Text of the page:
Design Thinking: Digital Transformation (Part 8)

Digital Transformation

This is part 8 in a series exploring design thinking in strategy development. If you are just joining, I encourage you to start at the beginning and read part 1 here.

What Is Digital Transformation?

Sundog Design Thinking Pt8 Quote

We couldn’t conclude this series without discussing Digital Transformation (DX) and the impact it will have on your organization. The quote above provides a good explanation as to what DX is: a merging of technology into ALL aspects of your business.

What exactly does this mean? It’s a lot to unpack. Organizations that undergo DX come out vastly different on the other side. It fundamentally changes how your organization operates on a day-to-day basis.

DX as a Form of Disruption

Think of DX as a form of disruption. At the beginning of this series, I talked about creating a culture of design that accepts new approaches to solving old problems. That means looking at the way you have been doing business and embracing new processes instead. There are a number of reasons why a business may undergo DX. But the most likely is this: it’s a survival issue.

If someone asked you whether or not your organization is viewed as a disruptor in your industry, how would you respond? According to Forrester’s “Assess Your Digital Disruption Readiness Now” report, a third of businesses don’t feel they are able to disrupt themselves in the face of digital change. Alarmingly, only half of businesses surveyed believed they had the business practices and policies in place to adapt to digital disruption.

Odds are, there is a startup somewhere figuring out how to disrupt you. Just ask Blockbuster, Kodak or Blackberry if you want proof. All have been disrupted—they never saw it coming. Blockbuster actually had an opportunity to buy Netflix, but the company wasn’t in touch with how their consumers wanted to ingest media. Kodak once said that digital photography would never replace film. Blackberry used to be a household name and THE enterprise solution for mobile devices. If you still don’t think that your business will be disrupted, you won’t have a business in 5-10 years.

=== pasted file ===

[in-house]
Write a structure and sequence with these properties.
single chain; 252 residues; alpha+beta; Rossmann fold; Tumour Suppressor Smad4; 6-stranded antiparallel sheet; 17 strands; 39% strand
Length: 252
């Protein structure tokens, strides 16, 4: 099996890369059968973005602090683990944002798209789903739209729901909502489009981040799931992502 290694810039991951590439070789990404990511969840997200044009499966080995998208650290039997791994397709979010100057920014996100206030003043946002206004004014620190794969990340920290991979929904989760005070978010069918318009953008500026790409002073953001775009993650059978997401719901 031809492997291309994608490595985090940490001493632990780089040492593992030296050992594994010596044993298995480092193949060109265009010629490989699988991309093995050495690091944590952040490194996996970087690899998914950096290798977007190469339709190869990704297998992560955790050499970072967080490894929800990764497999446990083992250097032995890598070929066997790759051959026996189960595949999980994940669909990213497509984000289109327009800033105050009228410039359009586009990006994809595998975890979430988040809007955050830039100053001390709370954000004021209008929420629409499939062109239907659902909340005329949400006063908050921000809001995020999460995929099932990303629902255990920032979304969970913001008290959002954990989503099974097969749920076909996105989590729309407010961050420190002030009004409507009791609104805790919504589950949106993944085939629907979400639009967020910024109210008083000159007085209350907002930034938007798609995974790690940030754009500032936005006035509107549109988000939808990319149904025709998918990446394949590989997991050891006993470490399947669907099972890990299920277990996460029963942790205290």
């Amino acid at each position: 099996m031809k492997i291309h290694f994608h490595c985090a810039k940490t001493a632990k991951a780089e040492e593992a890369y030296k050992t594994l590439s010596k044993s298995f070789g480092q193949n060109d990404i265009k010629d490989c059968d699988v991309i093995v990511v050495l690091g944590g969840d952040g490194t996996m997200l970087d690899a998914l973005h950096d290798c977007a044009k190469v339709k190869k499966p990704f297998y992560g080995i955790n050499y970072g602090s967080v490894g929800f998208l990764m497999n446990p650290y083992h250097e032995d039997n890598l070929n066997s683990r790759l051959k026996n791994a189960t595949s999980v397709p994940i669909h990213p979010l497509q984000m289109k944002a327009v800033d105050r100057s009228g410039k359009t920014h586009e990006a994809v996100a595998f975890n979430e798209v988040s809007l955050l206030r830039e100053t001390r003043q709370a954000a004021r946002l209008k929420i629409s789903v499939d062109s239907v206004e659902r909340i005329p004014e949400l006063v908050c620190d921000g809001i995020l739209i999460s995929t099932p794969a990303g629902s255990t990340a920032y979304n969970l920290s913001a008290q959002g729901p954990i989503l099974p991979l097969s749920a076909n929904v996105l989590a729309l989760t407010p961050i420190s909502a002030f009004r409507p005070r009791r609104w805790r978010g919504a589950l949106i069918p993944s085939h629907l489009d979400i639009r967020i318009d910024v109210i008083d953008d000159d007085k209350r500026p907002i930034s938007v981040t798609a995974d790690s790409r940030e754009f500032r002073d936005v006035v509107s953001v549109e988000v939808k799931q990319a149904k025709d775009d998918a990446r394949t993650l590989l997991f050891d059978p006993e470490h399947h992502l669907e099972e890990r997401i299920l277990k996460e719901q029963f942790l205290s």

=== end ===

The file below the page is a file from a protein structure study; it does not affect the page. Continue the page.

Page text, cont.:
How to Accelerate Digital Transformation

Step 1: Culture

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First and foremost, you need to adjust your organization’s culture. This will be the most time-consuming step. It will require accessible leadership, shifts to collaborative office layouts and changes in KPIs to measure performance. In short, you must develop a culture of design.

  • Change your dress code to align what makes your employees feel comfortable.
  • Begin to evaluate people based on innovation and customer engagement.
  • Encourage out-of-the-box ideas and reward ideas that work.
  • View and treat failures as learning opportunities.
  • Build a culture of constant change.

Step 2: Technology

Implementing new technology solutions is easy. Finding the right technology to use is not. The right technology should enhance your relationship with the customer. Remember, your customers are the key to your success, and you need to understand their expectations. This is where a constant practice of empathy comes in—from all levels of your organization.

  • Discover what products and services your customers use.
  • Find out how your products and services stack up to the competition.
  • Leverage technology to offer better user experiences.

Customers settle for subpar experiences when there aren’t any other options. One startup can disrupt everything. Just look at Uber or Lyft. They didn’t invent the rideshare concept, but they made it a better experience. Can you afford to lose an entire customer base to another product or service?

Step 3: Operational Processes

Automation. Digitization. These are the tools that come to mind when we think of DX. Automation allows your organization to focus more on strategy, and digitization means that you are longer limited by your physical location. The result is unprecedented knowledge sharing—your employees can communicate with anyone from anywhere.

  • Shift to automated, digital processes.
  • Get deeper insights through IoT and connected devices for more informed decision making.

The Role of CIO in DX